The role of physical activity and diet on bone mineral indices in young men

a cross-sectional study

Selma Liberato, Josefina Bressan, Andrew Hills

    Research output: Contribution to journalArticleResearchpeer-review

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    Abstract

    Background: Osteoporotic fractures are a significant cause of morbidity and mortality, particularly in developed countries. Increasing peak bone mass in young people may be the most important primary prevention strategy to reduce the risk of osteoporosis. This study aimed to examine the relationship between dietary factors and physical activity on bone mineralization in young men.

    Methods: Thirty-five healthy men aged 18–25 y had anthropometric measures, body composition, resting metabolic rate, blood pressure, blood lipids, food intake, physical activity and cardiorespiratory fitness assessed.

    Results: Participants who consumed more than 1000 mg/d of calcium were taller and had higher levels of whole body mineral content than participants who consumed less than 1000 mg/d of calcium. Similarly, participants who expended more than 20% of total daily energy engaged in moderate- to vigorous-intensity physical activity had higher cardiorespiratory fitness and higher levels of body mass adjusted bone mineral content than participants who did not meet this level of energy expenditure. There were no differences in blood pressure or blood lipids between participants in calcium or in physical activity energy expenditure categories.

    Conclusions: A high intake of dietary calcium and high daily energy expenditure engaged in moderate- to vigorous-intensity physical activity were positively associated with bone mineralization in young men, particularly in the lumbar region.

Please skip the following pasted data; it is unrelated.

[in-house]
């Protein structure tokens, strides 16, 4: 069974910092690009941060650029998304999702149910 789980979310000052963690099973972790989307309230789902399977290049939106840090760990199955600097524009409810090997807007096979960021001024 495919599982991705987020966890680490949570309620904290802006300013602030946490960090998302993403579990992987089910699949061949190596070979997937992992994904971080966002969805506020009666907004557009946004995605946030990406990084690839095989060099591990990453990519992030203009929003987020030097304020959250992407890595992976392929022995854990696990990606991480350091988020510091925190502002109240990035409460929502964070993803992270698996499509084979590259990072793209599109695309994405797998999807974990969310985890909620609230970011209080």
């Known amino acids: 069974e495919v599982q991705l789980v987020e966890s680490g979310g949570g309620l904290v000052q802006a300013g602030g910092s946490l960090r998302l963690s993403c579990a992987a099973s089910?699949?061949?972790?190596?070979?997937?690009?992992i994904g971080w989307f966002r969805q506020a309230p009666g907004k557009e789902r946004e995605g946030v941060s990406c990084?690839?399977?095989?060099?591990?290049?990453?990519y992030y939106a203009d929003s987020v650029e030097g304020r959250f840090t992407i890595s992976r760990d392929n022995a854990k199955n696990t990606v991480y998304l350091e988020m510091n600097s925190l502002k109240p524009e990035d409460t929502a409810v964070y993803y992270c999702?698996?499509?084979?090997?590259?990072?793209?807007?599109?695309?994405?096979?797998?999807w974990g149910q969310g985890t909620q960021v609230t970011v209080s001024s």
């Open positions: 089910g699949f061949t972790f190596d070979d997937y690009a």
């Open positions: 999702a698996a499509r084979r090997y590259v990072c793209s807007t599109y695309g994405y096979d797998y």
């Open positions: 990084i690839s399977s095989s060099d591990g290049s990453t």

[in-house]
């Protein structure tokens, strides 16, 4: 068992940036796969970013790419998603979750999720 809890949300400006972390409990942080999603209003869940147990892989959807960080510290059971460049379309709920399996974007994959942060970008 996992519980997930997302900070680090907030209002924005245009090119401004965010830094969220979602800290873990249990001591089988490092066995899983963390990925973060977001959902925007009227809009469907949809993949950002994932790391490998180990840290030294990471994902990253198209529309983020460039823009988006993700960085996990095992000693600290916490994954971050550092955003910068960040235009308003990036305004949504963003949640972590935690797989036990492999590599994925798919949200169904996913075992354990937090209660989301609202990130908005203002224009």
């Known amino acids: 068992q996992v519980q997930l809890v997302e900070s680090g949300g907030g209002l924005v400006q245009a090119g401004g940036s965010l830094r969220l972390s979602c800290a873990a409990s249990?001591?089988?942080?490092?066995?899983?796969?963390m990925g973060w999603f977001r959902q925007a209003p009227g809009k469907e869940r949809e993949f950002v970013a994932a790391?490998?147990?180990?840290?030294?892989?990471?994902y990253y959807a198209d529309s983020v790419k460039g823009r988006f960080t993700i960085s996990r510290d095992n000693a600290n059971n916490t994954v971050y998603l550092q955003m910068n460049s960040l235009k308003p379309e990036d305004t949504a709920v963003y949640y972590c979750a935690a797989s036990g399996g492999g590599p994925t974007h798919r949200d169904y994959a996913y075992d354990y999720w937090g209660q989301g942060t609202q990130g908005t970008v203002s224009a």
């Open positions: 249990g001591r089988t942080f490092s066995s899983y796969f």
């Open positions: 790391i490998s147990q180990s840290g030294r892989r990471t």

Original languageEnglish
    Pages (from-to)43-1-43-7
    Number of pages7
    JournalJournal of the International Society of Sports Nutrition
    Volume10
    Issue number1
    DOIs
    Publication statusPublished - 2013

    Fingerprint

    cross-sectional studies
    physical activity
    Minerals
    Cross-Sectional Studies
    bones
    Exercise
    Diet
    minerals
    Bone and Bones
    energy expenditure
    Energy Metabolism
    calcium
    Physiologic Calcification
    bone mineralization
    diet
    Calcium
    blood lipids
    blood pressure
    mineral content
    food intake

    Cite this

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    title = "The role of physical activity and diet on bone mineral indices in young men: a cross-sectional study",
    abstract = "Background: Osteoporotic fractures are a significant cause of morbidity and mortality, particularly in developed countries. Increasing peak bone mass in young people may be the most important primary prevention strategy to reduce the risk of osteoporosis. This study aimed to examine the relationship between dietary factors and physical activity on bone mineralization in young men.Methods: Thirty-five healthy men aged 18–25 y had anthropometric measures, body composition, resting metabolic rate, blood pressure, blood lipids, food intake, physical activity and cardiorespiratory fitness assessed.Results: Participants who consumed more than 1000 mg/d of calcium were taller and had higher levels of whole body mineral content than participants who consumed less than 1000 mg/d of calcium. Similarly, participants who expended more than 20{\%} of total daily energy engaged in moderate- to vigorous-intensity physical activity had higher cardiorespiratory fitness and higher levels of body mass adjusted bone mineral content than participants who did not meet this level of energy expenditure. There were no differences in blood pressure or blood lipids between participants in calcium or in physical activity energy expenditure categories.Conclusions: A high intake of dietary calcium and high daily energy expenditure engaged in moderate- to vigorous-intensity physical activity were positively associated with bone mineralization in young men, particularly in the lumbar region.",
    author = "Selma Liberato and Josefina Bressan and Andrew Hills",